McCarthy's debt limit bill praised by GOP conservatives, but centrists are skeptical

WASHINGTON — House Speaker Kevin McCarthy's debt limit legislation was met with praise from right-wing members of the caucus and skepticism from centrist Republicans in swing districts.

The bill, which would raise the debt ceiling in exchange for some spending cuts, was warmly received by some of the 20 holdouts who tried to stop McCarthy, R-Calif., from winning the speaker's gavel — a positive sign for the prospects of passage in the GOP-led House, where far-right members tend to drive the hardest bargain.

"It looks pretty good so far," said Rep. Dan Bishop, R-N.C.

Rep. Bob Good, R-Va., an outspoken McCarthy critic, said he expects to vote for the bill. "I plan to be on board," he said.

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Rep. Chip Roy, R-Texas, another early McCarthy holdout, said he was still reviewing it but, "I generally approve of the framework."

Does he have any concerns with the outline? "Not really," he said, even though there's more spending he'd like to cut.

"There's always more for me but you've got to work within the realm of what we can do and accomplish, and I think we've got a pretty good framework there," Roy said. "We just got to go through the details now."

The package was designed to include many overlapping demands of the far-right Freedom Caucus and the center-right Main Street Caucus, which span much of the conference's ideological spectrum.

But some Republicans in swing districts are more skeptical of the bill and it’s not clear there will be enough votes to pass it. Democrats are likely to unify in opposition to the legislation, which the White House has blasted as a hostage-taking gambit that risks debt default and would harm manufacturing jobs in the U.S., citing the repeal of clean energy funding. And McCarthy can only spare four Republican votes in his wafer-thin majority.

Swing-district Republicans are skeptical

In exchange for raising the debt ceiling by $1.5 trillion or through March 31, 2024 — whichever comes first — McCarthy's bill would bring federal discretionary spending down to fiscal 2022 levels with a 1% growth cap; it rescinds unspent Covid relief funds, cancels Biden's student debt forgiveness plan, nixes enhanced IRS funding and includes work requirements for able-bodied adult recipients of Medicaid and other federal aid programs.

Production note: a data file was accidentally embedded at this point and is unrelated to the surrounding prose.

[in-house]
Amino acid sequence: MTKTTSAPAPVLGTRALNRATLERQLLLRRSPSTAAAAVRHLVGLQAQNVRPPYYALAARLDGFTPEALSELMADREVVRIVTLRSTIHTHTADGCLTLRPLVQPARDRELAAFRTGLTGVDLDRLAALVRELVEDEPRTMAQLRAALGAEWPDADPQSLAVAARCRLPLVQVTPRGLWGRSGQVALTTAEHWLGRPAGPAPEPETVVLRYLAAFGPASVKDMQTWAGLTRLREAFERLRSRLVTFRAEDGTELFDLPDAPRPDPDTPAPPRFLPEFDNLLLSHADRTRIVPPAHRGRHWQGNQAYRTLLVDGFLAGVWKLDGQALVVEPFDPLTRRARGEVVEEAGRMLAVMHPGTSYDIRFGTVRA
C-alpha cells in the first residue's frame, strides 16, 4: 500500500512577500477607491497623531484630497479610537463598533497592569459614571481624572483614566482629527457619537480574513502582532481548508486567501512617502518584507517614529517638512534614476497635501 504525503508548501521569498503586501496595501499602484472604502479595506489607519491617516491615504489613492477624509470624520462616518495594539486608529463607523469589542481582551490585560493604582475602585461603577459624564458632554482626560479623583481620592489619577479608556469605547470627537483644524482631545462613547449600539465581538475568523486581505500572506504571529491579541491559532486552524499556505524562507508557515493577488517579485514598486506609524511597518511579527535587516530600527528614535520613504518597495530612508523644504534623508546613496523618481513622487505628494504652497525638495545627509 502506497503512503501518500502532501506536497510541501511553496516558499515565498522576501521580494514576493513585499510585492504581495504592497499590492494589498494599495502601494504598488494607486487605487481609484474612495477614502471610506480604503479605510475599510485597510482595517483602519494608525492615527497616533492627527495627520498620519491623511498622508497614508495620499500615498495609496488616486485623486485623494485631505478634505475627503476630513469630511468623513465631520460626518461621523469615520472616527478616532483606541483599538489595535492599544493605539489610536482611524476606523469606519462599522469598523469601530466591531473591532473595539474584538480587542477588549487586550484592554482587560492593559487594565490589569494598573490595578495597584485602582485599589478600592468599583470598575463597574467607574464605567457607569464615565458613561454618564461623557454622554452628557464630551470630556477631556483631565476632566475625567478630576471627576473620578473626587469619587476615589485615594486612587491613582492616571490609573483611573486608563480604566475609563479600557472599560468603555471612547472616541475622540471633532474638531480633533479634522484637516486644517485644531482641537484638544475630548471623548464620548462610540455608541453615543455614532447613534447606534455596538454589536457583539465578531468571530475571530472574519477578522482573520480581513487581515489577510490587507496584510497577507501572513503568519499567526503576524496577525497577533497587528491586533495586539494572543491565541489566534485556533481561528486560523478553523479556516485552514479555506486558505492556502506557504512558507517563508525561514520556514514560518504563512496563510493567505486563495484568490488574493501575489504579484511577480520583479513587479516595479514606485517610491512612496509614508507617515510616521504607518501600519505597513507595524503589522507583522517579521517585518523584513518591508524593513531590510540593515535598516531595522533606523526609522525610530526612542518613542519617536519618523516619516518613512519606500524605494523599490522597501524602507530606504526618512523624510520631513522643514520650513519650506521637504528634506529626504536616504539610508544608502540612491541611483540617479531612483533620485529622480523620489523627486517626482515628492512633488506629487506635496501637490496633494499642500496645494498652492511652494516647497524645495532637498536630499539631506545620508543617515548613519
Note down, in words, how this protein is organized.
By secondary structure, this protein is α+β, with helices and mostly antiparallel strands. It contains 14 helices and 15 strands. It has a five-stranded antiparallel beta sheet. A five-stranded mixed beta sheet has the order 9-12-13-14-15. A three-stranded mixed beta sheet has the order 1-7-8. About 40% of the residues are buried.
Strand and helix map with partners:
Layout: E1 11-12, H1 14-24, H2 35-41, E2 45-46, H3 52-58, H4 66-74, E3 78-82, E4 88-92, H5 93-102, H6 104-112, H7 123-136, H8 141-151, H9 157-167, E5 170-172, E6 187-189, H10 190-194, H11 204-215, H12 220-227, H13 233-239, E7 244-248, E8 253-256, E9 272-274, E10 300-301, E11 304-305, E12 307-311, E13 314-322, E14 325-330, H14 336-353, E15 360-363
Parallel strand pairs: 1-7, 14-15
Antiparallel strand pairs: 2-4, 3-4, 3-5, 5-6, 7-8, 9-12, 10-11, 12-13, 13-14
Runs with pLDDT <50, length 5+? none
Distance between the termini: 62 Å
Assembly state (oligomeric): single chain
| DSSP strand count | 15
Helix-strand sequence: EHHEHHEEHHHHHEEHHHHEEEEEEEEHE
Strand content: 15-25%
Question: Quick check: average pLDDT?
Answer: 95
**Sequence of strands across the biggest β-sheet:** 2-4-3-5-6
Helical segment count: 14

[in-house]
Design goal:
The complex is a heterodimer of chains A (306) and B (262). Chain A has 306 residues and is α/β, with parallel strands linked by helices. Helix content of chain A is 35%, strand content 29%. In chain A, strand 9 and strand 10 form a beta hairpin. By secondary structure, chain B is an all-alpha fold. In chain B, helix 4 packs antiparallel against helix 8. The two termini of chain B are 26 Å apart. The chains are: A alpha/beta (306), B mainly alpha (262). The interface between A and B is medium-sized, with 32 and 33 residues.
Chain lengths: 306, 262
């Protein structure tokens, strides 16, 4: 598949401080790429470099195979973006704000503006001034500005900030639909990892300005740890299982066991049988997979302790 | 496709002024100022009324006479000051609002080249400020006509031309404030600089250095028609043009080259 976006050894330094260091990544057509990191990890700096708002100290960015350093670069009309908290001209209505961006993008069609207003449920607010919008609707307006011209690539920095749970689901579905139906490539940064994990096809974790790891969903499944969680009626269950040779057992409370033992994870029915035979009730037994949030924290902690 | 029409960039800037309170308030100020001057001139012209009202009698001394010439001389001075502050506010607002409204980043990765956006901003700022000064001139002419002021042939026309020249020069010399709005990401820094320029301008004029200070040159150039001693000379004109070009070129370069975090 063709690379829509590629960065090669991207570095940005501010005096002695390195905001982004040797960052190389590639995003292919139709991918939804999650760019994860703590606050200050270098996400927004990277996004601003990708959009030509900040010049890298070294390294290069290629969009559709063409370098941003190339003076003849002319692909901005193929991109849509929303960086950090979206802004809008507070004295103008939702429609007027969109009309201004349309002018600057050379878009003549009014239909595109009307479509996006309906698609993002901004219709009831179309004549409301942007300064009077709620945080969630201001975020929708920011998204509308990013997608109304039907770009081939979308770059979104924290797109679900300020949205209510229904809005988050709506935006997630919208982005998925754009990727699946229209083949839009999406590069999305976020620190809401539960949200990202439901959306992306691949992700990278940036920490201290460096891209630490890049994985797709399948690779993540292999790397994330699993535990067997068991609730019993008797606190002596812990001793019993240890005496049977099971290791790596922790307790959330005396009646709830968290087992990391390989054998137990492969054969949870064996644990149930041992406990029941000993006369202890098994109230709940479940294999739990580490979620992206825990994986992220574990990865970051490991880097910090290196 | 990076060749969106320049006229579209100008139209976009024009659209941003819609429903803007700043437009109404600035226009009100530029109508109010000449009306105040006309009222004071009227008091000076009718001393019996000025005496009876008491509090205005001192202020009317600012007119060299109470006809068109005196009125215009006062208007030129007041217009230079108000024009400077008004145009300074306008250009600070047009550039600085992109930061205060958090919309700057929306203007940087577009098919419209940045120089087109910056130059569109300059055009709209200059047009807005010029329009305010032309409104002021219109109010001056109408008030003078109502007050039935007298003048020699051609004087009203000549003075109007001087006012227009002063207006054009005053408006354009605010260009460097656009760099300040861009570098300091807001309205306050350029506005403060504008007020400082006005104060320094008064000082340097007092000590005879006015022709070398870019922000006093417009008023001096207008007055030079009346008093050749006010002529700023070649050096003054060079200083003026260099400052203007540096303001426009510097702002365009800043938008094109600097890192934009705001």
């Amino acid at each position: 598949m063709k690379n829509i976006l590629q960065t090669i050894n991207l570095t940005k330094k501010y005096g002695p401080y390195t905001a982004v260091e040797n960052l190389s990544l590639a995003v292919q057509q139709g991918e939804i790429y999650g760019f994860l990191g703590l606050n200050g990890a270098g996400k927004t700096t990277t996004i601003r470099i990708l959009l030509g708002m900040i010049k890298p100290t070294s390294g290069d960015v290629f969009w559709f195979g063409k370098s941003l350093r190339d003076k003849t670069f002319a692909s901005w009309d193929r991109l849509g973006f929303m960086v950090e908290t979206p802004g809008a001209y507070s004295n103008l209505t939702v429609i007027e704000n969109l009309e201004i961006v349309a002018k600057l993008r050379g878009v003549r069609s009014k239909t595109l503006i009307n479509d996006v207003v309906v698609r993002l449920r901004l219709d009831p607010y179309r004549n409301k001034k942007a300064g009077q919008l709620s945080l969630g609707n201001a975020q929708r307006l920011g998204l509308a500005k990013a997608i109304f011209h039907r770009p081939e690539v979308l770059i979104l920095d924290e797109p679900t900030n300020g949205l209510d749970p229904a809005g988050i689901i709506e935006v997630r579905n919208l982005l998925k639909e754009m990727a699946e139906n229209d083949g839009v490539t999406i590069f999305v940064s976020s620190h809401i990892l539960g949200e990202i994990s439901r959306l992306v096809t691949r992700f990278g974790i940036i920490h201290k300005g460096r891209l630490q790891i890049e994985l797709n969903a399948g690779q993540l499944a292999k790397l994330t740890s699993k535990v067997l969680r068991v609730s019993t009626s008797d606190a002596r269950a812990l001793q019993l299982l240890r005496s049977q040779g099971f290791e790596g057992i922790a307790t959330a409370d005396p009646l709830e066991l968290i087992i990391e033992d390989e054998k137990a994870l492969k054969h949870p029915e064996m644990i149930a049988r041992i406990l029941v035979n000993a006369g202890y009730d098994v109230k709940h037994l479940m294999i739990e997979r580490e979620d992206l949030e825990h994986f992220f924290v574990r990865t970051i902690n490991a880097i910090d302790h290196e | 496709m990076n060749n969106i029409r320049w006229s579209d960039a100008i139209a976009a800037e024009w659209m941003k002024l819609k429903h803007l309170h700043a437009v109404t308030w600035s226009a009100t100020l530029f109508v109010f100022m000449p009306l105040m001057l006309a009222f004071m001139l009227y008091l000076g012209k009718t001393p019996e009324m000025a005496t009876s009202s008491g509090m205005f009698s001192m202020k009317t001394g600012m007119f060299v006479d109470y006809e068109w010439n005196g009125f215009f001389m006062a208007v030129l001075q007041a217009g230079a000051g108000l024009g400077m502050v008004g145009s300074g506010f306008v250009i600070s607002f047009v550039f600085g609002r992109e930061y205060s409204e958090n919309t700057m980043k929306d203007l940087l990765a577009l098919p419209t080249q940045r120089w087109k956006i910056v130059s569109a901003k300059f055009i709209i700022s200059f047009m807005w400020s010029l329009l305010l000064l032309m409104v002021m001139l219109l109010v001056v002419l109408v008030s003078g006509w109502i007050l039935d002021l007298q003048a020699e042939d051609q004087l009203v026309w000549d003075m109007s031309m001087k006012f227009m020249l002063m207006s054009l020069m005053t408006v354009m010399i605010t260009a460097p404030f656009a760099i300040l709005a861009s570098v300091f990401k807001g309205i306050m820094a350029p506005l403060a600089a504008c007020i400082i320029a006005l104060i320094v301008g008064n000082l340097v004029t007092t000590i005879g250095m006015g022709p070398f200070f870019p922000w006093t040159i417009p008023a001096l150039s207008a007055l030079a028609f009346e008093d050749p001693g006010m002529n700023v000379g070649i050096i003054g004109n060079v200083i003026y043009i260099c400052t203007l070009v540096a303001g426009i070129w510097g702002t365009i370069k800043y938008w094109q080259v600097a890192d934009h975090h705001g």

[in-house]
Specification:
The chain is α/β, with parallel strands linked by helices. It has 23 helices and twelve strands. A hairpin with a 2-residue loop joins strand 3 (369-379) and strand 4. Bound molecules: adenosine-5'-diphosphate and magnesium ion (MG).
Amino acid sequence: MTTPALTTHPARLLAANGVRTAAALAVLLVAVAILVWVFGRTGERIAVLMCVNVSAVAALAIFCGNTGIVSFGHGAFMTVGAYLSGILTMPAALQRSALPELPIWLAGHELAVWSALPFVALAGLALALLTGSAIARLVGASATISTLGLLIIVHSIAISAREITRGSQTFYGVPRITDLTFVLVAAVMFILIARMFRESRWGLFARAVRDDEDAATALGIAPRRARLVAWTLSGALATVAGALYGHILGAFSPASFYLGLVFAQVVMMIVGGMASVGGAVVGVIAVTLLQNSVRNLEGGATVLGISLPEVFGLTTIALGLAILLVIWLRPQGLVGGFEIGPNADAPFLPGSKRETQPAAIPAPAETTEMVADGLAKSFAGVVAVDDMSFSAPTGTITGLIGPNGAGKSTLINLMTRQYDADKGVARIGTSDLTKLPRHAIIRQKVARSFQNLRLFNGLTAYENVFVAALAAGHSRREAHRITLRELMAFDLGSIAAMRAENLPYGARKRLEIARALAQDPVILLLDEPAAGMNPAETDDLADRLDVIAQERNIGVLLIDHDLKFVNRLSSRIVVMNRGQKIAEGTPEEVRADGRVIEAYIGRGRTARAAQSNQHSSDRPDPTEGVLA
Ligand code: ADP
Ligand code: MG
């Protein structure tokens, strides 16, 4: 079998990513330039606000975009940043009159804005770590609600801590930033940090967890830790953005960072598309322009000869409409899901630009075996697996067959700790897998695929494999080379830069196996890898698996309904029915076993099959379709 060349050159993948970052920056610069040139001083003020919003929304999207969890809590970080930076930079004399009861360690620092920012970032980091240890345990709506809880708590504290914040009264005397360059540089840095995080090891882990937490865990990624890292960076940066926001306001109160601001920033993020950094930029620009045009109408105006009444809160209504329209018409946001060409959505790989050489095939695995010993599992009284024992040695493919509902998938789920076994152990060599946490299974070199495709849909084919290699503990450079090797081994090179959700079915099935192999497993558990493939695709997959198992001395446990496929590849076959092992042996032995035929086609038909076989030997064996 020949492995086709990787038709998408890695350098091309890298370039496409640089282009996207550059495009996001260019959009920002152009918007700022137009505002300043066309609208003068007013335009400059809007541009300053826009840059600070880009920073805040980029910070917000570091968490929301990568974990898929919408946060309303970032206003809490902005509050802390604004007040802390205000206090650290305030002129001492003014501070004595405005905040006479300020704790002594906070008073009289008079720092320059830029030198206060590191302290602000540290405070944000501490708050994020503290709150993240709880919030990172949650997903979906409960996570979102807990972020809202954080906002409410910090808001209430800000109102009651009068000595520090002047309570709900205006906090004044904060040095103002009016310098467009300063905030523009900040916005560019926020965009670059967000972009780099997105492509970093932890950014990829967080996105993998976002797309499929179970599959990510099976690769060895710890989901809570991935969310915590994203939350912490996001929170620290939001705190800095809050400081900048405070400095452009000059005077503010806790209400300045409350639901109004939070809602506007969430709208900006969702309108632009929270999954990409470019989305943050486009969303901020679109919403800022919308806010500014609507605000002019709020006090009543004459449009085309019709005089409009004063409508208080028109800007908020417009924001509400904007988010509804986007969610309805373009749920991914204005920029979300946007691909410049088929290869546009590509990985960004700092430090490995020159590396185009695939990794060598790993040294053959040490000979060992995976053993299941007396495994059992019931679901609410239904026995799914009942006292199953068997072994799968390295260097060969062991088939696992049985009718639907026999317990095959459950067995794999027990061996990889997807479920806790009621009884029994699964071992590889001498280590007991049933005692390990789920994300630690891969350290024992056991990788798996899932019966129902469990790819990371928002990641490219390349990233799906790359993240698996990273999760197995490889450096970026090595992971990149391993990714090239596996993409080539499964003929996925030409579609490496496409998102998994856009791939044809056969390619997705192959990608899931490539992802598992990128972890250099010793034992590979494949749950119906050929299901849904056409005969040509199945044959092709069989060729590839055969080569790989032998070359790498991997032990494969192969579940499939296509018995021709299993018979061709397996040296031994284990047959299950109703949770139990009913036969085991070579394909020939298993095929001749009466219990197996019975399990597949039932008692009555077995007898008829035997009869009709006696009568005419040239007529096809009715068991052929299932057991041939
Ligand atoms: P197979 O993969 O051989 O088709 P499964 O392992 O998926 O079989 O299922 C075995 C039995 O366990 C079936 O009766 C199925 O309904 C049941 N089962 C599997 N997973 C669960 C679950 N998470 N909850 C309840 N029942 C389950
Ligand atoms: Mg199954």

Rep. Tony Gonzales, R-Texas, who represents a competitive district around San Antonio, said he is "undecided." He said the legislation still has "a long way to go" to secure enough support.

Rep. Nancy Mace, R-S.C., who represents a competitive district that includes Charleston, said she’s “currently leaning against voting for it,” citing its failure to balance the budget and more.

“I’m also worried about how it will affect green energy. In South Carolina we have a lot of solar — solar farms, solar panels, consumer and commercial. And what will that do?” she asked. “Will those policies in that package adversely affect the state of South Carolina? We’re still in the process of reviewing it but those are two of my initial when I look at it at a very high level. Those are the two concerns I have initially but we’re still — devil’s in the details.”

Rep. George Santos, R-N.Y., the scandal-plagued freshman who announced he's running for re-election in a district that supported Biden in 2020, is also not sold.

"The congressman is undecided," said a Santos aide.

Rep. Marc Molinaro, R-N.Y., another freshman in a competitive Biden-voting district, didn't take a position when asked about it.

"We're still working on it," he said.

And while far-right members generally sounded supportive Thursday, McCarthy could still lose support within that group as well. Rep. Matt Rosendale, R-Mont., wouldn’t say if he supports the bill. And Rep. Andy Biggs, R-Ariz., said he leans against it, explaining that “there are parts I like and parts I don’t like,” specifically the $1.5 trillion debt limit hike.

Roy said he needs to review the text to make sure the work requirements are “strong enough” and that the bill rescinds enough of the Inflation Reduction Act subsidies.

Even if the bill passes the House, it is dead on arrival in the Democratic-controlled Senate. Majority Leader Chuck Schumer, D-N.Y., has blasted it as a dangerous exercise in hostage-taking that could spark an economic meltdown and instead called for a bill that allows the U.S. to meet its obligations with no policy conditions.

House Democrats are threatening to use the bill against Republicans in the 2024 election, when they hope to recapture the majority.


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